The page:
Professor Robin Young recently gave four talks on his research. On November 18, 2008 he gave a talk at Georgia Institute of Technology in Atlanta entitled On Shock-Free Periodic Solutions for the Euler Equations. The talk described his joint work with Blake Temple concerning progress on the long-standing question of the existence of periodic solutions for gas dynamics. On December 5, 2008 he gave two talks at Pennsylvania State University. The first, entitled Towards Shock-Free Periodic Solutions for the Euler Equations, discussed his joint work with Blake Temple. The second was entitled Interactions of Strong Shocks. On January 5, 2009 Robin participated in a special session on Nonlinear Partial Differential Equations and Applications at the AMS/SIAM/MAA Joint National Meeting in Washington, DC, where he again presented his joint work with Blake Temple.

February 2009

Professor Paul Gunnells presented the talk On the Cohomology of Congruence Subgroups of SL(4,Z) at the conference Automorphic Representations, Automorphic L-Functions and Arithmetic, which took place January 19ñ23, 2009 at the Research Institute for Mathematical Sciences in Kyoto, Japan.

Professor Markos Katsoulakis and Professor Bruce Turkington were invited speakers at a conference honoring Andrew J. Majda's 60th birthday, held during the period January 15ñ24, 2009 at Fudan University in Shangai, China. The title of Markosís talk was Hierarchical and Multi-Level Coarse-Graining Methods, and the title of Bruceís talk was An Optimization Approach to Statistical Closure of Underresolved Hamiltonian Dynamics. Andrew Majda is a Morse Professor at the Courant Institute of Mathematical Sciences, New York University, and a member of the National Academy of Sciences USA. He is the recipient of the National Academy of Science Prize in Applied Mathematics, the John von Neumann Prize of the Society of Industrial and Applied Mathematics, and the Gibbs Prize of the American Mathematical Society. The conference website is http://math.fudan.edu.cn/science/Conference/ICCAM/.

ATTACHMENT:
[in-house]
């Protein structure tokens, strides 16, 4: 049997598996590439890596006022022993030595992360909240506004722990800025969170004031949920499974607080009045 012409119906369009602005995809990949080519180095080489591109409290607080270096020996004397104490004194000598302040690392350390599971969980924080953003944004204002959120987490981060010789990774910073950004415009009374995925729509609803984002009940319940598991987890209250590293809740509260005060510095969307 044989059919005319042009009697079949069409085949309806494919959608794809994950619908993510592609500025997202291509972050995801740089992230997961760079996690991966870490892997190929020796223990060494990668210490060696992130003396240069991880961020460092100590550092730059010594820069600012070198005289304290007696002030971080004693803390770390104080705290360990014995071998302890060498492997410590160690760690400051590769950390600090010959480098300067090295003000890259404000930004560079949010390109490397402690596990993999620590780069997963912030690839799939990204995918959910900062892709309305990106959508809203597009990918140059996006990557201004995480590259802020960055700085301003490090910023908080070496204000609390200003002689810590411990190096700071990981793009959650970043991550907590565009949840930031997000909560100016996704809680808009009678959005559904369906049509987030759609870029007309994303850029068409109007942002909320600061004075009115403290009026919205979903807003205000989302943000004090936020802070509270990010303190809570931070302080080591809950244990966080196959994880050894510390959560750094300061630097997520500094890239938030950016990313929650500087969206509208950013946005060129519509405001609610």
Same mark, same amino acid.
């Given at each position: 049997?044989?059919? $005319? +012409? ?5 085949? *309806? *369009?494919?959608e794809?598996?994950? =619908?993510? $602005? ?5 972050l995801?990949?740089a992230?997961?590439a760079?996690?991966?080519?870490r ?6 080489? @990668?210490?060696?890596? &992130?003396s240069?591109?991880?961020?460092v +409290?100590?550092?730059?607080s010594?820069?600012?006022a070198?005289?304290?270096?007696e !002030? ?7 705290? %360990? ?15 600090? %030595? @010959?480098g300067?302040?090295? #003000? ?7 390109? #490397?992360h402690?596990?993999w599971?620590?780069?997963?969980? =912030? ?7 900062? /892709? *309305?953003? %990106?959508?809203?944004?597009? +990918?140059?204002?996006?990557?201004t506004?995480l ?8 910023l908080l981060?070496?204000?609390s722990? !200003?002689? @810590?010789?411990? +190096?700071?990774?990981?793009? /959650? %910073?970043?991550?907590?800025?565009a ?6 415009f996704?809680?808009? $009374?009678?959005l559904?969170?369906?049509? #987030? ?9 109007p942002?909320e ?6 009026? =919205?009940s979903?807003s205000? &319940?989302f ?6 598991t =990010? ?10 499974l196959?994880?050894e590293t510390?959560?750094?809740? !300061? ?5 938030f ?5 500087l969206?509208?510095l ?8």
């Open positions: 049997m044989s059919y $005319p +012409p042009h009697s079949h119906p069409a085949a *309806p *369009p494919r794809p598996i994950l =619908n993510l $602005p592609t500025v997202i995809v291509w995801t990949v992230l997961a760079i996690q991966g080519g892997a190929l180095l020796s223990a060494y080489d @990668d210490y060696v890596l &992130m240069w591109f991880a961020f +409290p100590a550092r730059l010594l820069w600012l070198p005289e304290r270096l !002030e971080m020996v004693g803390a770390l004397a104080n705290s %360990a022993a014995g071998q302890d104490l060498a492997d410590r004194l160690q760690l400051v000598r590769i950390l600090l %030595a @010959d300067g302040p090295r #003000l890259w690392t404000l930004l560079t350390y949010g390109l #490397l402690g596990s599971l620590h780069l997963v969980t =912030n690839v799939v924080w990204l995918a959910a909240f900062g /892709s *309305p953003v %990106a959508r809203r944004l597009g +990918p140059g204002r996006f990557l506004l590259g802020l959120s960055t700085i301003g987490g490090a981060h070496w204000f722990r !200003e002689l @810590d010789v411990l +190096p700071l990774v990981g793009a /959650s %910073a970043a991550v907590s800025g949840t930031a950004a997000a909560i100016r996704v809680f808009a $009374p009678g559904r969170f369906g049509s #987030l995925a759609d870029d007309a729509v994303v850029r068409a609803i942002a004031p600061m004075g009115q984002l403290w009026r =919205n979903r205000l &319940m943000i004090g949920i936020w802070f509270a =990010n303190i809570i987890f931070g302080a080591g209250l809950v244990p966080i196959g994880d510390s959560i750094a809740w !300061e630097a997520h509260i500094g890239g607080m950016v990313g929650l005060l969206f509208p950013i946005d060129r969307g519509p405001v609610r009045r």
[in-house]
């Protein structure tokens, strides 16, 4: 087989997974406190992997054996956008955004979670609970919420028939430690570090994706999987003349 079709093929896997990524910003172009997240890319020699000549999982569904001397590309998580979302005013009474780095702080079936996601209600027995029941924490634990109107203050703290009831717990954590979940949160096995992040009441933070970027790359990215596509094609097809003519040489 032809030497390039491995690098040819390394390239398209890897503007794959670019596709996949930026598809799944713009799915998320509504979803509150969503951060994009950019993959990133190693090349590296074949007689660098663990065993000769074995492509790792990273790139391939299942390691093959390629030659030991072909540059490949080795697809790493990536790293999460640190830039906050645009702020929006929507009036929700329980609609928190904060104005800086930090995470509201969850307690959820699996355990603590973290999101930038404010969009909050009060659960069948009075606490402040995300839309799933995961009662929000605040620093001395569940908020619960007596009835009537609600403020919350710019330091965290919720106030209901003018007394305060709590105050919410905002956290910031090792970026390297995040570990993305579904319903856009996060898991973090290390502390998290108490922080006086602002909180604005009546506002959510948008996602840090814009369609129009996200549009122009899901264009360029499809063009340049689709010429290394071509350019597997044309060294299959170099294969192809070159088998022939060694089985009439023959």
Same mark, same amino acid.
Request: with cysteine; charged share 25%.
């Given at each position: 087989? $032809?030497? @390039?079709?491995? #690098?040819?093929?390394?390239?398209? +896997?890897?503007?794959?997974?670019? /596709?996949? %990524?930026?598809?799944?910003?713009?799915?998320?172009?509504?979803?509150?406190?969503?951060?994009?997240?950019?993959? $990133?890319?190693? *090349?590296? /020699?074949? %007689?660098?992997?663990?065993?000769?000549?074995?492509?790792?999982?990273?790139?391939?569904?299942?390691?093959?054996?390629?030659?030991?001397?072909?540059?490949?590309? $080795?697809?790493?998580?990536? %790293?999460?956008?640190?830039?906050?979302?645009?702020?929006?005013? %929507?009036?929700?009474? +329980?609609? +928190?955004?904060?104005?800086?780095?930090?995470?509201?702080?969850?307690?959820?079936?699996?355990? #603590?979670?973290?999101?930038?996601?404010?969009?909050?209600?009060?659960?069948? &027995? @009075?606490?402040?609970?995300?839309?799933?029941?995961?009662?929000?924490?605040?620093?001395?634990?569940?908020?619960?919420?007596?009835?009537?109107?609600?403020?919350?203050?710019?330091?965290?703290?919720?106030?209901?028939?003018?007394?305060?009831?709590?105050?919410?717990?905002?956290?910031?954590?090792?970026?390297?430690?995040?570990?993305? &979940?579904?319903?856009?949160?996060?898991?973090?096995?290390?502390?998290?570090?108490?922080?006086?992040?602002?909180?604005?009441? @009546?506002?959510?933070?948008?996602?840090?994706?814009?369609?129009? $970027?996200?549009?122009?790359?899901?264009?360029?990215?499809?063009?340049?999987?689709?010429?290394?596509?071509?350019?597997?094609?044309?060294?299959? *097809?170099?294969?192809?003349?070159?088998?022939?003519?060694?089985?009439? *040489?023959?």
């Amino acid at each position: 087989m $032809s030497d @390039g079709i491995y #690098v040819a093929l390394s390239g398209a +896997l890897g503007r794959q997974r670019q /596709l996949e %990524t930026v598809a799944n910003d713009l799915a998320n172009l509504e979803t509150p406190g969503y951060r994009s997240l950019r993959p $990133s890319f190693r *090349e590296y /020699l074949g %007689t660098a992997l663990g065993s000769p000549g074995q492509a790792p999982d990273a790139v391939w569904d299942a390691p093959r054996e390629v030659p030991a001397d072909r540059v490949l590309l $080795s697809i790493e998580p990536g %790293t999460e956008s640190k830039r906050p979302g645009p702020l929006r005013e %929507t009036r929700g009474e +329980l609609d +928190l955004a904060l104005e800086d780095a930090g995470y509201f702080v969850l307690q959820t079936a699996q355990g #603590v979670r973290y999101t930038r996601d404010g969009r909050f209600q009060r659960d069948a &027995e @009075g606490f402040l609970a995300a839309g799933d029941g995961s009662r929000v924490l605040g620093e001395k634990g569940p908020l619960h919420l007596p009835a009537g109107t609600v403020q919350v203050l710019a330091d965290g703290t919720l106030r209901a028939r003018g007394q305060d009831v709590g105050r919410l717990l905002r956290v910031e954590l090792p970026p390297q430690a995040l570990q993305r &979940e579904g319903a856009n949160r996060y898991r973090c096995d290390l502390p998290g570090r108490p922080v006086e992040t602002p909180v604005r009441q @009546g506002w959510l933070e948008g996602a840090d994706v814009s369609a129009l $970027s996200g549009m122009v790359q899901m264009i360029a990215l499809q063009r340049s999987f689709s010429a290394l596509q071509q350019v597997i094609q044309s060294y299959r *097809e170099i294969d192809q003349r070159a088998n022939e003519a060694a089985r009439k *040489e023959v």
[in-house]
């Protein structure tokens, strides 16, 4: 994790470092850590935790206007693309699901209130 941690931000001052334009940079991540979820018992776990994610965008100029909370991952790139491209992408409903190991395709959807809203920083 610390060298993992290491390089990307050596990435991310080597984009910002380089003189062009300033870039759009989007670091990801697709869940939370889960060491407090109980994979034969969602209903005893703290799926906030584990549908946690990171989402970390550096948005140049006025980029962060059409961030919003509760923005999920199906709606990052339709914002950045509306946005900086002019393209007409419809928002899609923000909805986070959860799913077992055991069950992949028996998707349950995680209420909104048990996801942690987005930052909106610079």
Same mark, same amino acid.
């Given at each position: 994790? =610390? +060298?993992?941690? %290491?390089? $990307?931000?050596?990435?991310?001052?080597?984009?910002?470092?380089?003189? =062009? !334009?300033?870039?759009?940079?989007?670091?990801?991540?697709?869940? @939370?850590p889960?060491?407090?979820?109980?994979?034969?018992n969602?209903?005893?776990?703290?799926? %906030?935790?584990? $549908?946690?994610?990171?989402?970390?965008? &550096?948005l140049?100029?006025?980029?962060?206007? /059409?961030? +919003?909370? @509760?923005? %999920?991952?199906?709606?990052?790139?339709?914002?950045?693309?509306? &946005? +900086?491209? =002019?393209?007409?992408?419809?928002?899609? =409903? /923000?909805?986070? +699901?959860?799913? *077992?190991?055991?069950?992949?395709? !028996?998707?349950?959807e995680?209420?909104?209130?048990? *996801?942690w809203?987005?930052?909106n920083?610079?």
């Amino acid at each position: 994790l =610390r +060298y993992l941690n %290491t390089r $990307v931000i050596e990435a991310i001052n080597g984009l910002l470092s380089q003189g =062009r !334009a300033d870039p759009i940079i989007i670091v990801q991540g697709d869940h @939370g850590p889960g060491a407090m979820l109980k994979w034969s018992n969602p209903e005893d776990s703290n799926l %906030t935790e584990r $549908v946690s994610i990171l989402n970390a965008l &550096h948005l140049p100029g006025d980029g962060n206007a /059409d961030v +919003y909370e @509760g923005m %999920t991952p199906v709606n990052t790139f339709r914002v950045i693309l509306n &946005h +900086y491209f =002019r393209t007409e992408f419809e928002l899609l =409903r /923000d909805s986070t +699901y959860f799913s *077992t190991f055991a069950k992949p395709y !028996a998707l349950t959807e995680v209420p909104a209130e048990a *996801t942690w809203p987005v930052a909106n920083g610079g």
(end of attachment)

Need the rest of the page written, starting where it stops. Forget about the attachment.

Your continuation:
Professor Markos Katsoulakis was an invited speaker at the Max-Planck Institute in Leipzig Germany, where he participated in the conference on Analysis of Stochastic Surface Evolution: From Microscopic Models to Large Scale Behaviour. The conference took place during the period January 27-31, 2009, and the relevant website is http://www.mis.mpg.de/index.php?id=3309. The title of Markosís talk was Mathematical Strategies and Error Quantification in the Coarse-Graining of Many-Body Stochastic Systems.

On January 16, 2009 Rob Kusner delivered a talk at the Applied Math and Computational Science Colloquium at the University of Pennsylvania. His topic was Moduli Spaces of CMC Surfaces and Complex Projective Structure.

On January 15, 2009 Professor Michael Lavine gave a seminar talk in the Department of Statistics and Applied Probability at UC Santa Barbara. The title of his talk was Subjective Likelihood. He also participated in a workshop held at NCEAS, the National Center for Ecological Analysis and Synthesis, during the period January 13ñ17, 2009. The title of his talk was Inference for Mechanistic Models.

In November 2008 Professor William Meeks was one of seven speakers at the annual Current Developments in Mathematics Conference at Harvard University. In December 2008 he gave a colloquium talk at the University of Notre Dame, and in January 2009 he visited the University of Warwick, where he gave a colloquium talk and a talk in the analysis seminar.

Professor Franz Pedit will give a colloquium talk at Notre Dame University on February 27, 2009. The title of his talk is Flowing Constant Mean Curvature Cylinders into Tori.

Professor Eric Sommers gave a talk entitled A Duality for Nilpotent Orbits at the Workshop on Lie Groups, Lie Algebras, and Their Representations at UC-Riverside. The workshop took place during the period January 17ñ18, 2009.

On January 2, 2009 Professor HongKun Zhang gave a two-hour seminar talk at the Courant Institute of Mathematical Sciences, New York University. The title of her talk was Correlations Decay by Coupling in Billiards.